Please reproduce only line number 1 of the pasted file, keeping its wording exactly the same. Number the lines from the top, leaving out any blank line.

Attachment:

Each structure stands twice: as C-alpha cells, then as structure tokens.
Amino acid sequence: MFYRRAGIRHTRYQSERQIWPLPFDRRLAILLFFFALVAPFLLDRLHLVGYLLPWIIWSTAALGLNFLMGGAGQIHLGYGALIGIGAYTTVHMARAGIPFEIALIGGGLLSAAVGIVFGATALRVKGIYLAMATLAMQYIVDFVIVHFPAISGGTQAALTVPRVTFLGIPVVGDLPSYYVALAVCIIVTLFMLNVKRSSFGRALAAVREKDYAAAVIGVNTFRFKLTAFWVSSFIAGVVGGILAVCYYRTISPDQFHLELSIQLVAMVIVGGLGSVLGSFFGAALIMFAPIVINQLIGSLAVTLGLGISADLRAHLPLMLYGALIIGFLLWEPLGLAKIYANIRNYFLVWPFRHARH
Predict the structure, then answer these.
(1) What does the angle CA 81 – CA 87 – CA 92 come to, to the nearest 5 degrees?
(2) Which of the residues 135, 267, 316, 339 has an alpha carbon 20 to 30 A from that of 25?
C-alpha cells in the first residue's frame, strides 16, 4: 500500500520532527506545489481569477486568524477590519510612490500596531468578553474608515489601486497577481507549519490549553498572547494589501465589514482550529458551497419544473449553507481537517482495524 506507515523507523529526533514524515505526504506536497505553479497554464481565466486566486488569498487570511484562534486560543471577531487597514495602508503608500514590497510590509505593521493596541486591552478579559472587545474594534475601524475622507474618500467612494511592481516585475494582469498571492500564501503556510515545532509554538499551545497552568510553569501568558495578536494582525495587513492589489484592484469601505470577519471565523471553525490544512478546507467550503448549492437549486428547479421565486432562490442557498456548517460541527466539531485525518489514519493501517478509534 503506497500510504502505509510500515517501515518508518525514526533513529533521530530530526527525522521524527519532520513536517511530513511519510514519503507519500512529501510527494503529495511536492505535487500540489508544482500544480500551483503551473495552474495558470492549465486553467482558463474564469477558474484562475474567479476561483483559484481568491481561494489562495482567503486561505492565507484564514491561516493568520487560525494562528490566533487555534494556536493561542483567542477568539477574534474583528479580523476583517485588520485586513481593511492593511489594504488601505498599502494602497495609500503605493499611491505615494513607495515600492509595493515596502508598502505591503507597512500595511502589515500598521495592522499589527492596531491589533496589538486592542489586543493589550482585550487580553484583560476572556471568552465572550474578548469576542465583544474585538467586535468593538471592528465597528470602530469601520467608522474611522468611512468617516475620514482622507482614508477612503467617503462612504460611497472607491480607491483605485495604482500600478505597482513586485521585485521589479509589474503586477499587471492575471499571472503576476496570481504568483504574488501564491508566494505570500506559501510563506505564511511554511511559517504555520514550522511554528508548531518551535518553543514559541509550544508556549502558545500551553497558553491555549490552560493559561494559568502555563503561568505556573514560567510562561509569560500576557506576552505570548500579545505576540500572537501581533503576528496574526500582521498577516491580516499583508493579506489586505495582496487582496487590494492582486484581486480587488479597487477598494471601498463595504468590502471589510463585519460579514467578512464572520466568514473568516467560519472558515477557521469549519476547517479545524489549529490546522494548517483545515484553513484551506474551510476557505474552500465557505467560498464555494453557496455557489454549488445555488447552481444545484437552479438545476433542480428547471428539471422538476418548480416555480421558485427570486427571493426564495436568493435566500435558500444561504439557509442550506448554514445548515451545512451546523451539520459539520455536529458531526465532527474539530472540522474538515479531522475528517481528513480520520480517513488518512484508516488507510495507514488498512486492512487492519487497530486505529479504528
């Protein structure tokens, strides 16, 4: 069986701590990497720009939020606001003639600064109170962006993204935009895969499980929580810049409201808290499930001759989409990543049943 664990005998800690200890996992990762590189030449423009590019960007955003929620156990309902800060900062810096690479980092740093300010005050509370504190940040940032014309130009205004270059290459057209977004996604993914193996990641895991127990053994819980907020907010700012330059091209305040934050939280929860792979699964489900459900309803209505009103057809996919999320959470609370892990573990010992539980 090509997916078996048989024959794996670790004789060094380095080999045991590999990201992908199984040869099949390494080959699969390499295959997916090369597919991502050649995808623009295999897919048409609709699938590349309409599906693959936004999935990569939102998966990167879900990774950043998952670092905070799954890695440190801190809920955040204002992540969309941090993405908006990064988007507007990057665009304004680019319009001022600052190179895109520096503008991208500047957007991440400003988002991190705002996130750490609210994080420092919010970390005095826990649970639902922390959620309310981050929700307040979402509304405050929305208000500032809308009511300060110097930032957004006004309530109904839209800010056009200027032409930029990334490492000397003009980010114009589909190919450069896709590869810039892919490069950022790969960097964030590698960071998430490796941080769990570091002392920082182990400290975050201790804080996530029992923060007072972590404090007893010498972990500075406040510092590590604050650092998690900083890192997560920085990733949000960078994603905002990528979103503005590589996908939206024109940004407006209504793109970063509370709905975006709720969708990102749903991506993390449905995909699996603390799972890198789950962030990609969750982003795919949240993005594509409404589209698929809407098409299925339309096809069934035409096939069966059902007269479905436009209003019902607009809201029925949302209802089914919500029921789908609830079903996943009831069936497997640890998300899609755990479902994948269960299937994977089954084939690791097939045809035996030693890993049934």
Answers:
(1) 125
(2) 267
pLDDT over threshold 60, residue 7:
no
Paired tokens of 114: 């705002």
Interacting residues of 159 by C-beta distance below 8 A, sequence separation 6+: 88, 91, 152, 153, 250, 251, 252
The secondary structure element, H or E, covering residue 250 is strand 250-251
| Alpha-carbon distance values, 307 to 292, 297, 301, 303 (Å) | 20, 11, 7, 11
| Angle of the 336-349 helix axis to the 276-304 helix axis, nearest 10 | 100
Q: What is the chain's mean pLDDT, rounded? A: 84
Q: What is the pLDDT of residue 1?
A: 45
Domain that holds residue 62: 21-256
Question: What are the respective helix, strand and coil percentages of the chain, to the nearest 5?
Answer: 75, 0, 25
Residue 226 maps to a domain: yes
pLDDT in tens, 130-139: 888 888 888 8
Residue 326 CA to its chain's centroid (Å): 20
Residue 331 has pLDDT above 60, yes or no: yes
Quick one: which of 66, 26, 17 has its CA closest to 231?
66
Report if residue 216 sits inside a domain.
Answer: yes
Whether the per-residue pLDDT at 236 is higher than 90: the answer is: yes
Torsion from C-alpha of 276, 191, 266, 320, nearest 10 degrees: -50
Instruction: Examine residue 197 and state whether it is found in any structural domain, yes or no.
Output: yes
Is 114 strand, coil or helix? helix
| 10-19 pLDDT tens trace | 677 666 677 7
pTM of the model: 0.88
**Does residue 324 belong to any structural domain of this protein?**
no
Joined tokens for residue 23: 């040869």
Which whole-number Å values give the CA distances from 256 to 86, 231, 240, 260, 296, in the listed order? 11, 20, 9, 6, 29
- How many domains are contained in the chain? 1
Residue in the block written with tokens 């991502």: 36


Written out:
Each structure stands twice: as C-alpha cells, then as structure tokens.